PHILADELPHIA — Demolition of a 19th-century shuttered church in Philadelphia has begun after years of struggles by some neighbors to save the crumbling structure.
Crews surrounded the 140-year-old St. Laurentius Church in the Fishtown neighborhood last week with scaffolding, fences and barricades. Neighbors gathered Wednesday to take their last look, take photos and point to the huge cross, once attached to the building, which leaned against a fence, KYW reported.
“I don’t want any church, regardless of denomination, to come down,” Margaret Ann Ramsey told KYW. “It has always been part of the area, so it’s sad, especially for the people who belong to this parish.”
Michael Johnson of HC Site Construction told WTXF-TV that the work to dismantle the 50-foot tall spires is done by hand, with material thrown through gutters into the basement to prevent vibration from truck activity.
The city’s permits and inspections department issued a demolition permit nearly a year ago, but officials said moving utility poles and wires surrounding the property took longer than expected. The crews were also told to wait until summer due to classes at a Catholic school next door, The Philadelphia Inquirer reported.
St. Laurentius is on the Philadelphia Register of Historic Places, and the Philadelphia Historical Commission has instructed the developer to preserve or rebuild the front of the church in any new development. A zoning plan for a proposed eight-story, 49-unit multi-family home is under appeal, the newspaper reported.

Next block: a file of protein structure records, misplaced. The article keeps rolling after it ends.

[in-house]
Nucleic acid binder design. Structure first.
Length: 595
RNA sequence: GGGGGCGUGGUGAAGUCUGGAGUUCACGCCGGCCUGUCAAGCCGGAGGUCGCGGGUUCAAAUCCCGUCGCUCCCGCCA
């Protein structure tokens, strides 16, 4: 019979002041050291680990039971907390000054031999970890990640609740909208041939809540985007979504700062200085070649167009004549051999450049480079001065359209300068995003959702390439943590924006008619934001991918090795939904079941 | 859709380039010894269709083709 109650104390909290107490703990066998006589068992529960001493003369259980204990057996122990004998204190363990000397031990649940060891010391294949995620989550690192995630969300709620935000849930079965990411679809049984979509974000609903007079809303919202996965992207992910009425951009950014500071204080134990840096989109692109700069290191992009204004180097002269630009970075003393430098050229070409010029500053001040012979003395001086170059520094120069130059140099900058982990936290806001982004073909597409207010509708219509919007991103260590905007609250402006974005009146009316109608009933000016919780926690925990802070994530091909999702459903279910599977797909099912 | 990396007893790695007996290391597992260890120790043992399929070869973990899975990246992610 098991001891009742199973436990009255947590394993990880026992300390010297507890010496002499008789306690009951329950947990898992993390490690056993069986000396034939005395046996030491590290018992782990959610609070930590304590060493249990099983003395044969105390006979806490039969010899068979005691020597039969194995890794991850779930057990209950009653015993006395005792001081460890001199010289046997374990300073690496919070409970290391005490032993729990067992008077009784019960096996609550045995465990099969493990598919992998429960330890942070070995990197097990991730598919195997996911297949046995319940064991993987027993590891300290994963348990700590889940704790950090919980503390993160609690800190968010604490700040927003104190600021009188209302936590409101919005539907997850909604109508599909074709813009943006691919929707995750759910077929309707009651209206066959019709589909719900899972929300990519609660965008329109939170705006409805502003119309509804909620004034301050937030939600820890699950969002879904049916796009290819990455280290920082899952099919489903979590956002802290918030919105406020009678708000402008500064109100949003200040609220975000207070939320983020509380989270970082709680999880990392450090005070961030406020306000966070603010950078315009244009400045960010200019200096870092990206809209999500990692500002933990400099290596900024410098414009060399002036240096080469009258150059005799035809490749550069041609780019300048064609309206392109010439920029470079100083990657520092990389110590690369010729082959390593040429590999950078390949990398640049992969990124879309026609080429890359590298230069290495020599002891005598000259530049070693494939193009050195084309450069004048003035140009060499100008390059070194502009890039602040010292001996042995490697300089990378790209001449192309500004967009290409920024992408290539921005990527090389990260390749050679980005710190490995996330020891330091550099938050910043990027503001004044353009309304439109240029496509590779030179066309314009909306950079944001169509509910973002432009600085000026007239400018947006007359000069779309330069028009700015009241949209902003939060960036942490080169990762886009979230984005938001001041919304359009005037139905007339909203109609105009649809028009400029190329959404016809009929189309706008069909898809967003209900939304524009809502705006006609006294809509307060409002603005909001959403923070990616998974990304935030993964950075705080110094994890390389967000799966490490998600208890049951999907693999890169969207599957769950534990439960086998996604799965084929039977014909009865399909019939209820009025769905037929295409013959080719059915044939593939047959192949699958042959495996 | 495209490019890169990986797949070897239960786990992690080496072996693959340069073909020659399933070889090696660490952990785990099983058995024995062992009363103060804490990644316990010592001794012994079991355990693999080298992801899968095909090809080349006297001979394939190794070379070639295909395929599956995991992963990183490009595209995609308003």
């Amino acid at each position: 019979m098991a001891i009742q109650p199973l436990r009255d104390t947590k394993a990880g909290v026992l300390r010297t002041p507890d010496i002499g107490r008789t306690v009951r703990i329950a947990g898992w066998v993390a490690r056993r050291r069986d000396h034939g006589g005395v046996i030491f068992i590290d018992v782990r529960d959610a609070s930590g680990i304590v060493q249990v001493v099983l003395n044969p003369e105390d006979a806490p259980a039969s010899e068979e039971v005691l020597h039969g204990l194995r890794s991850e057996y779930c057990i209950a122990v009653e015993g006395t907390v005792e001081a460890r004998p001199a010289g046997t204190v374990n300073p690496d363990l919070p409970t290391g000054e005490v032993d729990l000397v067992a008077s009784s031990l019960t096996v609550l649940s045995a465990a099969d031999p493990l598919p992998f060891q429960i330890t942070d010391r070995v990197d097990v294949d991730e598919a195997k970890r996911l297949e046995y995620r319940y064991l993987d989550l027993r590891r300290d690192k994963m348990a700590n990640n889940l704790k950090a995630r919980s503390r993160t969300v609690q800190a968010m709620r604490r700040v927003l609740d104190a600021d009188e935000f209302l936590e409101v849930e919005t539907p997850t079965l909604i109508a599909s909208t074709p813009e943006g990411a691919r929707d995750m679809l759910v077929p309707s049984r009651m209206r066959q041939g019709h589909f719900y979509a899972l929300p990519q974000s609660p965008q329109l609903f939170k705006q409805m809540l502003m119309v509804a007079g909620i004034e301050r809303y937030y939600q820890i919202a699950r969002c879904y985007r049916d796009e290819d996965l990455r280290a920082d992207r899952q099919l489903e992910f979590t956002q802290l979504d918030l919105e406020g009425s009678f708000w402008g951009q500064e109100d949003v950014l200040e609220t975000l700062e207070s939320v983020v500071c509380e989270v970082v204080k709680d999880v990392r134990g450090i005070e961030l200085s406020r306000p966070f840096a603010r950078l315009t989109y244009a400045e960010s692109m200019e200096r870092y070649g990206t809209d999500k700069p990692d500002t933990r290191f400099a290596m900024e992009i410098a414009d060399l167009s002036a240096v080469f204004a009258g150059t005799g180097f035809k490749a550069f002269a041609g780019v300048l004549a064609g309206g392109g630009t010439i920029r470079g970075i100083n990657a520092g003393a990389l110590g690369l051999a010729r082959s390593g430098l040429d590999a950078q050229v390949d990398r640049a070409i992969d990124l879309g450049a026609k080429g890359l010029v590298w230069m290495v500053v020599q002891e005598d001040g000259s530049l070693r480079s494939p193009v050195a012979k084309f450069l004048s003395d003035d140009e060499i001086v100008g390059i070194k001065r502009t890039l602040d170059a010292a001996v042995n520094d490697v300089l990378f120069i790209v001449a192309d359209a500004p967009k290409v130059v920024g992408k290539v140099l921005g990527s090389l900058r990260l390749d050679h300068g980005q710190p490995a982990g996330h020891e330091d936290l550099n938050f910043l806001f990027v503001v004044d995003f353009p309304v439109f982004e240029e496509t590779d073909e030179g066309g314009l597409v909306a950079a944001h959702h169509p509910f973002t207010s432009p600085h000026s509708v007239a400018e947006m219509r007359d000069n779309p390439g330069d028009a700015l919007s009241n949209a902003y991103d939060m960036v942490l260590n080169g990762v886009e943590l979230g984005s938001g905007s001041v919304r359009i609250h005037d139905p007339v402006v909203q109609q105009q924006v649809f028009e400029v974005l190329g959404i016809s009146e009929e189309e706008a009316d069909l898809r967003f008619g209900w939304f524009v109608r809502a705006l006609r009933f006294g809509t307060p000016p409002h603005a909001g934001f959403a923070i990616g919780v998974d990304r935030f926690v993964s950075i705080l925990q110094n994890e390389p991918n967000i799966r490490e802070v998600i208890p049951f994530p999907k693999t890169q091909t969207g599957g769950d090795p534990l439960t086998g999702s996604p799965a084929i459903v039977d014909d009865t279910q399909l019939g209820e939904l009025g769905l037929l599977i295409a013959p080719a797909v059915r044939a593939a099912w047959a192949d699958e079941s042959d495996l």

The church was built in 1882 with the donations of Polish immigrants. In 2014, the Archdiocese of Philadelphia announced its closure, citing “vertical cracks” and a “severely deteriorated” facade that threatened to collapse without a $3.5 million restoration. Supporters said their estimates were only $700,000. The historical commission added the church to the city’s historical register in 2015.
Concerns arose in 2019 when pieces of the facade crumbled, in one case involving 6,000 pounds (2,720 kilograms) of rock that broke off a spire, punctured steel scaffolding and fell into a gated security zone around the church, leading to the closure of the nearby school for two days.
The Archdiocese spent $135,000 to stabilize the building, and city inspectors said it appeared to be in better shape, but later two engineers hired by the new owner concluded that St. Laurentius had fallen into disrepair, with one having a ” at least partial collapse” predicted in no time. A structural engineer hired by the Preservation Alliance of Greater Philadelphia said the building had remained standing despite rigorous assessments by some engineers.
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